Employment Contracts in Switzerland
Furthermore, the employment contract should contain a language in which the employee will be working. In Switzerland, multiple languages are spoken including German, Italian, Frech, and Romansh. The employer and employee may agree that the first three months of an employment contract is a trial period. During this trial period, either party may terminate the employment at any time.
Employment Termination and Notice Period in Switzerland
In Switzerland, an employer can terminate a contract for any reason as long as it is not discriminatory or abusive.
However, termination is restricted or forbidden when an employee is unsuitable for work due to an accident or illness for a limited length of time growing with seniority (30 to 180 days), pregnant or in military duty, and within the first 16 weeks after giving birth.
The dismissal must be explained when the other party demands it. The following are the statutory notice periods:
- 7 days during the trial period
- 1 month during the 1st year of service
- 2 months during the 2nd to the 9th year of service
- 3 months from the 10th year of service
Alternatively, the parties can contractually agree on a notice period. A fixed-term employment contract terminates when the agreed-upon duration expires.
Average salary, average employer costs and working hours in Switzerland
In 2022, the average salary in Switzerland was $81,379.20. This is higher than the average annual salary in the United States, which is $53,490.54. As an employer, the actual employer costs are approximately 9.463% higher than the gross annual salary in Geneva and 8.07% to 23.40% higher in Zurich. Based on an annual salary of $81,379,20, employment costs would be from $88,703,00 in Geneva and from $87,889.33 in Zurich.
Working hours in Switzerland vary depending on the company, the employee's position, and the sector. Under Swiss employment law, normal working hours should be a maximum of 45 hours per week. Employees in industry work around 40 hours per week, while workers in the service sector, such as banking, generally work slightly longer hours (around 42 per week).
Overtime labor is paid at a rate of 125 percent of regular pay, or time off is offered in place of payment.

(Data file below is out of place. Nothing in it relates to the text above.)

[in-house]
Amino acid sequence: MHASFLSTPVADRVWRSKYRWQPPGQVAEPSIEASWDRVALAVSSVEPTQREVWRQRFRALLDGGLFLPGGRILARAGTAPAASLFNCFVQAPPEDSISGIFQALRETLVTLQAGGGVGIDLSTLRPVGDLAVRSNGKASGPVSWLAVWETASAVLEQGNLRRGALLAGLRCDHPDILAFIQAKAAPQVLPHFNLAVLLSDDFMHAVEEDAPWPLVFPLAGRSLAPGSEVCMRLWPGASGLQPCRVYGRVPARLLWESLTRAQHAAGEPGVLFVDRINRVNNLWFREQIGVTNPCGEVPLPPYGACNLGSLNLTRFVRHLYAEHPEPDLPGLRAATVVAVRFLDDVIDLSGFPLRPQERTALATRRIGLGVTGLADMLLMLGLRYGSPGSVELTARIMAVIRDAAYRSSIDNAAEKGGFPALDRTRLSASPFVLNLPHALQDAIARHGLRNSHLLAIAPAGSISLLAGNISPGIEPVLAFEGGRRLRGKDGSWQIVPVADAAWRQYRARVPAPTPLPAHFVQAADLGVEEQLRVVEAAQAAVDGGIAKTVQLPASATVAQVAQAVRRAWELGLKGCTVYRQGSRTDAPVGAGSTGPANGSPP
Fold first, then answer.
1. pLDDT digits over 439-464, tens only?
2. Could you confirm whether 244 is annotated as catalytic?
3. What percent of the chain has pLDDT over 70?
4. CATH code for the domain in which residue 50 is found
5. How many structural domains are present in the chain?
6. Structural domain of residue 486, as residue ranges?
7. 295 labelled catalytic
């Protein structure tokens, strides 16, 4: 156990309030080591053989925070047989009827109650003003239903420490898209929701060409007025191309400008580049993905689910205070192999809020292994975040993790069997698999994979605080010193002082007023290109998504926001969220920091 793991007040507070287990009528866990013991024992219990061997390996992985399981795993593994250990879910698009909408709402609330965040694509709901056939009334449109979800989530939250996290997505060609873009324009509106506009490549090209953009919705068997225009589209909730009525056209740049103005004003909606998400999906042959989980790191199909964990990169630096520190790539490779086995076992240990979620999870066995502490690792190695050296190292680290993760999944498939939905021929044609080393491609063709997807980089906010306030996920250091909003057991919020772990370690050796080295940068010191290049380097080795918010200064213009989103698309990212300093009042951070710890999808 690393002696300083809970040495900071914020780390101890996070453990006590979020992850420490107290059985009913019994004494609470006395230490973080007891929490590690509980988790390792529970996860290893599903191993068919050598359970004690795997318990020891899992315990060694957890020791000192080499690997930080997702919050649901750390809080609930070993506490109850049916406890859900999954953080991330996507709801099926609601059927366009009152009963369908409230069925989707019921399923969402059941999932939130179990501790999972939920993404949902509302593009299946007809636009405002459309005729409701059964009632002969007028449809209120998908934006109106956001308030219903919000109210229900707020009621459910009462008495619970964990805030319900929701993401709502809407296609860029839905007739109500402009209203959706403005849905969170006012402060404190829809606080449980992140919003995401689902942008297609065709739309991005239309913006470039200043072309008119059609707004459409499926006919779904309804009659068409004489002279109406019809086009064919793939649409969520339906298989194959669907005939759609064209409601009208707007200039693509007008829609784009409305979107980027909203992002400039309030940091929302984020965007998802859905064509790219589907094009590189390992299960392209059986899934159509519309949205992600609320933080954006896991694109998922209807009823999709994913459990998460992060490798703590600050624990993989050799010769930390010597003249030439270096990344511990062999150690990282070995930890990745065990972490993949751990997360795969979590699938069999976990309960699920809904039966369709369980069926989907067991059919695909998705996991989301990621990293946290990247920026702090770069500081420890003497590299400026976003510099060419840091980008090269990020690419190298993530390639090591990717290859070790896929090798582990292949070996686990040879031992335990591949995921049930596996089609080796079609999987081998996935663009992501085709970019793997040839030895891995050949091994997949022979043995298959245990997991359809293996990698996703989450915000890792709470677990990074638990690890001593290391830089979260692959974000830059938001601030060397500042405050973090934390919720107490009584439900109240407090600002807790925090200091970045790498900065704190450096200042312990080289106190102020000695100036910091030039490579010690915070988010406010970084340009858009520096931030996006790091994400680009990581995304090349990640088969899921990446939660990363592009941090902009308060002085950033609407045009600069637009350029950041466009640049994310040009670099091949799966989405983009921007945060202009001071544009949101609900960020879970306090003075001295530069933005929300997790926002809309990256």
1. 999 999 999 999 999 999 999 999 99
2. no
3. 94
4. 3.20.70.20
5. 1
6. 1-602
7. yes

Paid vacation leave and public holidays in Switzerland
In Switzerland, paid leave is defined as a minimum of four weeks of paid vacation every year following the completion of one year of employment. This is expanded to 5 weeks of paid annual leave for employees under the age of 20.
Aside from the usual national holidays, each canton and area in Switzerland has its own set of holidays and events. The most important public holidays, when most Swiss employees have the day off, are listed below. If a public holiday falls on a non-working day, such as a Saturday or Sunday, employees cannot redeem the holiday time during the week. A public holiday that falls during an employee's vacation, on the other hand, does not count as a vacation day.
- New Year's Day - 1 January
- Easter - 17 April
- Easter Monday - 18 April
- Ascension Day - 26 May
- Whit Sunday - 5 June
- Whit Monday - 6 June
- Swiss National Holiday - 1 August
- Christmas day - 25 December
- Boxing Day - 26 December
Maternity and paternity leave in Switzerland
Pregnant employees who have contributed to the Office for Social Insurance for at least nine months before the due date are entitled to 14 weeks of maternity leave. The maternity allowance is provided in the form of a daily payment at 80% of regular income for 14 weeks, paid by federal insurance. Employees within the canton of Geneva are entitled to two additional weeks, giving them a total of 16 weeks of maternity leave.
Find out everything you need to know about maternity leave in other European countries.
Social Security Tax for Employers in Switzerland
In Switzerland, both the employer and the employee pay social security contributions. On average, employers have to pay 9.5% social contribution to the local authorities.
|Employer Payroll (Social Security) Contributions||%|
|Unemployment Insurance (up to $160.000)||1.10%|
Supplementary Unemployment insurance (>$160.000)
|Family compensation fund||2.45%|
|(Early) Childhood contribution||0.07%|
|Total Additional Employment Costs||9.463%|
To learn more about the Social Security Tax in Europe we invite you to read this article on social security tax rates for Employers across the Europe.
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